Homeschooling: Falling Behind or Falling in Love?
It's taken almost two years for my daughter to fall back in love with learning. I guess she never fell out of love with it entirely but she struggled to engage with the print-rich, high-volume, fast-paced classroom environment. They say it takes as long to fall out of love with somebody as it takes to fall in love. I think the same is true for learning. Those first two years after Kindergarten, my daughter began to realize that play and time outdoors were not the core priority for her day and her little heart broke. So, in Grade 3 we just did it - we jumped into homeschooling and after almost two years... she has fallen back in love with learning and it's mended my heart.
When I began to work as a homeschool consultant to help parents balance the pedagogical needs of their family with the requisite reporting of the Quebec Ministry of Education, I was surprised at how often I heard parents use the word "falling." The phrase, "I just don't want him to fall behind" is very common right now among communities of parents who are homeschooling due to the pandemic.
Veteran homeschoolers will often ask, "falling behind whom?" - making sure to add the "m" on the end - and with a little knowing smirk that they haven't yet created an emoji for - but a wink seems to give the basic gist. The idea that each child is unique and that falling behind is a cultural construct of the industrial revolution is a given for most pre-pandemic parent educators.
Ok, well, before we get too smug, let's be very aware that for a large segment of Covid-Schoolers, the answer to "falling behind whom?" is very real and very worrisome. This particular segment of parents - the same who had become accustomed to reading report cards with care - can't stand to imagine their children not keeping up with their peers within a particular grade level. Wasn't this grade level assigned to them with their first breath? Didn't it become a given eventuality the moment they emerged from the vagina and date of birth was announced? This grade level means something very real to the majority of parents. It means: appropriate socialization, knowing the right things, getting a good job. And this is true even for parents who themselves were bullied at school, hated French class, and work in careers that make them miserable. So what on earth is going on here exactly?
It's natural. Fear and anger during a pandemic are absolutely legitimate responses to crisis situations. We are angry that our children are unable to go to school and we are afraid that when they go back they will be deficient in some way. I say "we" because, despite being a pre-pandemic homeschooler, I often feel this way too. I should mention that we are hybrid homeschoolers. My son is in a local Kindergarten program that he adores and I spend my days with my eldest daughter. I was a public school teacher, I send my youngest to public school and I sometimes get completely freaked out that I've made the wrong. damn. decision. I have to remind myself regularly that she is getting the one on one learning experience she absolutely lacked at school but there are days where "meeting her where she's at" feels way too slow and uncertain.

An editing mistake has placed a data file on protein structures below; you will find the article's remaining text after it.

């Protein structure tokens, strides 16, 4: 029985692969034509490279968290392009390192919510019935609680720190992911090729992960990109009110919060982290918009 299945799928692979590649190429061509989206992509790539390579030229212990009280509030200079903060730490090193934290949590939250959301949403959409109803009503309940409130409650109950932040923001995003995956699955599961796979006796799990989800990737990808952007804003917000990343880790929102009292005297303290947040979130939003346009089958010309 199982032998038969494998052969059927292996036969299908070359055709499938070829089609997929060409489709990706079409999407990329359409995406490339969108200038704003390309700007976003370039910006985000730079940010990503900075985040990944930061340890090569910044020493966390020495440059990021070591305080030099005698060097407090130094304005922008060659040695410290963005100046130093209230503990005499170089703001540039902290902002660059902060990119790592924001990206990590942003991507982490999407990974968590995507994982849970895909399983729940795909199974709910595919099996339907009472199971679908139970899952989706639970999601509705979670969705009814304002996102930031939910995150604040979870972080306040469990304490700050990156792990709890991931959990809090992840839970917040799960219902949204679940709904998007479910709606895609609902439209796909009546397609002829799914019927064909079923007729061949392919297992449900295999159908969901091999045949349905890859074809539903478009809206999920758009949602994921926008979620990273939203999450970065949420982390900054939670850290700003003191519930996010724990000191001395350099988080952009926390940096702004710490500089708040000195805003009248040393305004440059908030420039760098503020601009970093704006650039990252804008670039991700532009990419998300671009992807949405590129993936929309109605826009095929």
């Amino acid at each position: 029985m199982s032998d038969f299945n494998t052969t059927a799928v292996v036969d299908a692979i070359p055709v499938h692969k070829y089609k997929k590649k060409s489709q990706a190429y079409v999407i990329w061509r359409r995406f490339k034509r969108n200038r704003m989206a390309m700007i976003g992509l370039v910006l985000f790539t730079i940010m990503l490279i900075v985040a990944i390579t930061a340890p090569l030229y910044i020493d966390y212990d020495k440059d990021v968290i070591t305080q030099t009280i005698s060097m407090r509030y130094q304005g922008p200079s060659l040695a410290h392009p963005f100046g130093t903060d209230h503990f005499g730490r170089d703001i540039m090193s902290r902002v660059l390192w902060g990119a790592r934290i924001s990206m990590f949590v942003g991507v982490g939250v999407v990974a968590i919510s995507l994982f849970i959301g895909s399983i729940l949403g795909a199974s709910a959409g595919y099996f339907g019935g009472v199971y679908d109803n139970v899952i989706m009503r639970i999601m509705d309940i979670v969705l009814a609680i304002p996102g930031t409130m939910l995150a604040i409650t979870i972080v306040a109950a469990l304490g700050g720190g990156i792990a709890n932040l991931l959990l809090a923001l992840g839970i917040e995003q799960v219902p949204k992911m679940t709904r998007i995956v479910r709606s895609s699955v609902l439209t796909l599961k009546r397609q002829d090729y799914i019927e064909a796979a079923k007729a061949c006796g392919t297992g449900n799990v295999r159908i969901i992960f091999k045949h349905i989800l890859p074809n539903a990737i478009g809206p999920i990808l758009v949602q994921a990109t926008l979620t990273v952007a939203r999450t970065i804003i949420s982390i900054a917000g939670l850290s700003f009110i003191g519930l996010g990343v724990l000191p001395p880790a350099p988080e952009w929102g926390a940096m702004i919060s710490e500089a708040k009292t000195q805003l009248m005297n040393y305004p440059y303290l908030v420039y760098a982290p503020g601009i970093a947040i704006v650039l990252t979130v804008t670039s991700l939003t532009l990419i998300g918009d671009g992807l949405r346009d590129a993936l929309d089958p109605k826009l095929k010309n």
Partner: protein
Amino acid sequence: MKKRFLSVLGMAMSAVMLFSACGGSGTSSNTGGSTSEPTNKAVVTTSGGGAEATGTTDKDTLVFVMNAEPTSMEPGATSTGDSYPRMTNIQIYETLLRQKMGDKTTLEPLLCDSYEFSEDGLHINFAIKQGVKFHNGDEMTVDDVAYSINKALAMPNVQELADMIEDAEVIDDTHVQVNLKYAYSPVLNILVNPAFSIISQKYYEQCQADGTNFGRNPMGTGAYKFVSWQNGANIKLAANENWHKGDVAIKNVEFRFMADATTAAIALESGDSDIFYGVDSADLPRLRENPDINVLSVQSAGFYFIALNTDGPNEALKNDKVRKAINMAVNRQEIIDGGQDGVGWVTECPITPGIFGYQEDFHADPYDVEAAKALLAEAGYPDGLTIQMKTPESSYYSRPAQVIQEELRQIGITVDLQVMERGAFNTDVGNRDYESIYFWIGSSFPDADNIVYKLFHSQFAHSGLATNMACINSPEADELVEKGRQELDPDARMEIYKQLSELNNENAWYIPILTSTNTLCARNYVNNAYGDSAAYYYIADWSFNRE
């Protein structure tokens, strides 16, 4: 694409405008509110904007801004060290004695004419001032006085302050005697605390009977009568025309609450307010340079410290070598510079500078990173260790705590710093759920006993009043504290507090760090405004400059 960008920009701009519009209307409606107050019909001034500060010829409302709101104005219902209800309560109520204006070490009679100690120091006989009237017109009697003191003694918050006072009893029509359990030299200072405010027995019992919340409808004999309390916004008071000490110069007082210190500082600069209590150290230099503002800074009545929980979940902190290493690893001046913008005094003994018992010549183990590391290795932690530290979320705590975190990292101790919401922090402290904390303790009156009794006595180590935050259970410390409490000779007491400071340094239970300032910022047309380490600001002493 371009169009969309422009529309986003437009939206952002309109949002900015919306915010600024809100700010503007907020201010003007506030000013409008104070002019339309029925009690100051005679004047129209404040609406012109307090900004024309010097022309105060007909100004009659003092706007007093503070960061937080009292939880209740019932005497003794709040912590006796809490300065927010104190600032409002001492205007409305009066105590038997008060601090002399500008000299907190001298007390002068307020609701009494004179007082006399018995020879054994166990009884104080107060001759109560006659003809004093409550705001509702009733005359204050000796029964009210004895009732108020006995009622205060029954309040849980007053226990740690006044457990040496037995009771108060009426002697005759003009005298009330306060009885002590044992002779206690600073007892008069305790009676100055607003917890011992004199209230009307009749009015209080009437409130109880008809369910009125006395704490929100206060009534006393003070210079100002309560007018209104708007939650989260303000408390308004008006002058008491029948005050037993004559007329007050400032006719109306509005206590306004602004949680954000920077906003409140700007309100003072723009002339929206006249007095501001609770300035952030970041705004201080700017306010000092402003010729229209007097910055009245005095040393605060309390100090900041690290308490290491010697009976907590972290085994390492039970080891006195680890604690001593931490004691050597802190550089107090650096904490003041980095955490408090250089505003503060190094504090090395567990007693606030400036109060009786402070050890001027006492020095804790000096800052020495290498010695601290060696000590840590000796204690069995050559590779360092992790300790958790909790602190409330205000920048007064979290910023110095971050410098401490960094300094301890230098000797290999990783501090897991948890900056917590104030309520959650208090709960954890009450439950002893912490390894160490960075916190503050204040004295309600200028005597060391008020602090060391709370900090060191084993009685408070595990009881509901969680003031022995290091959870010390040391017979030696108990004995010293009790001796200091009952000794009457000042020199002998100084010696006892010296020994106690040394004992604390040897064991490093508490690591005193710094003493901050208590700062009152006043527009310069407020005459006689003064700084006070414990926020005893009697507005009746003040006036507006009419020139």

Deep breath. These are the moments I remind myself of a different set of questions I started to ask my clients when they pose the dreaded "falling behind" question. I no longer turn to the tried and true "behind whom?" argument. Instead, I ask:
"When your child was in school...
...were you afraid your child would fall behind in her imagination?
...were you afraid she was behind in her time spent in nature?
...were you afraid that he was behind in being able to read quietly in a cozy spot on his own?
...were you afraid she would fall behind in learning a musical instrument or watercolour arts?
... were you worried he would not be able to craft objects or grow a garden?
...were you worried not enough time was devoted to practices like yoga and meditation?"
Because they were and still are - behind that is. Public school kids are most definitely behind in all these areas. Big time. Daydreaming, outdoor exploration, quiet reflection, arts, handwork, cultivation and mindfulness are not the priority of the public school system. And I believe this is why so many of our kids are falling out of love with the classroom. In turn, so many parents are disappointed with a style of learning that has begun to lose its way, its heart, its imagination, its connection to community and wisdom.
It's almost been a year since the Covid-19 virus sent us into lockdown and got many of us thinking about homeschooling for the first time. At this juncture we have two choices:
1. We can look backward squinting and seeking for our child in the "dust of their peers" and worrying that they are falling behind or...
2. We can look closely into the eyes of our children and watch them falling in love with themselves, with the sky above them, with their siblings, with their learning and with us - yes us! You! Their parent! After all, it's you who decided to bring them on this journey into a new future! One where their heads are encouraged to question existing defunct structures, one where their hearts are motivated to connect with community, and one where their hands are inspired to reshape the very world around them.
It is nothing less this that you are doing for your children. Nothing less than this. And if this is still not enough to quell your fear and quiet your worried mind, then those of us who have fallen in love with learning and our children all over again will call to you over our shoulders. We will wave you forward, "Hey! Keep up slow poke! The path ahead looks bright and full of unknown wonders!"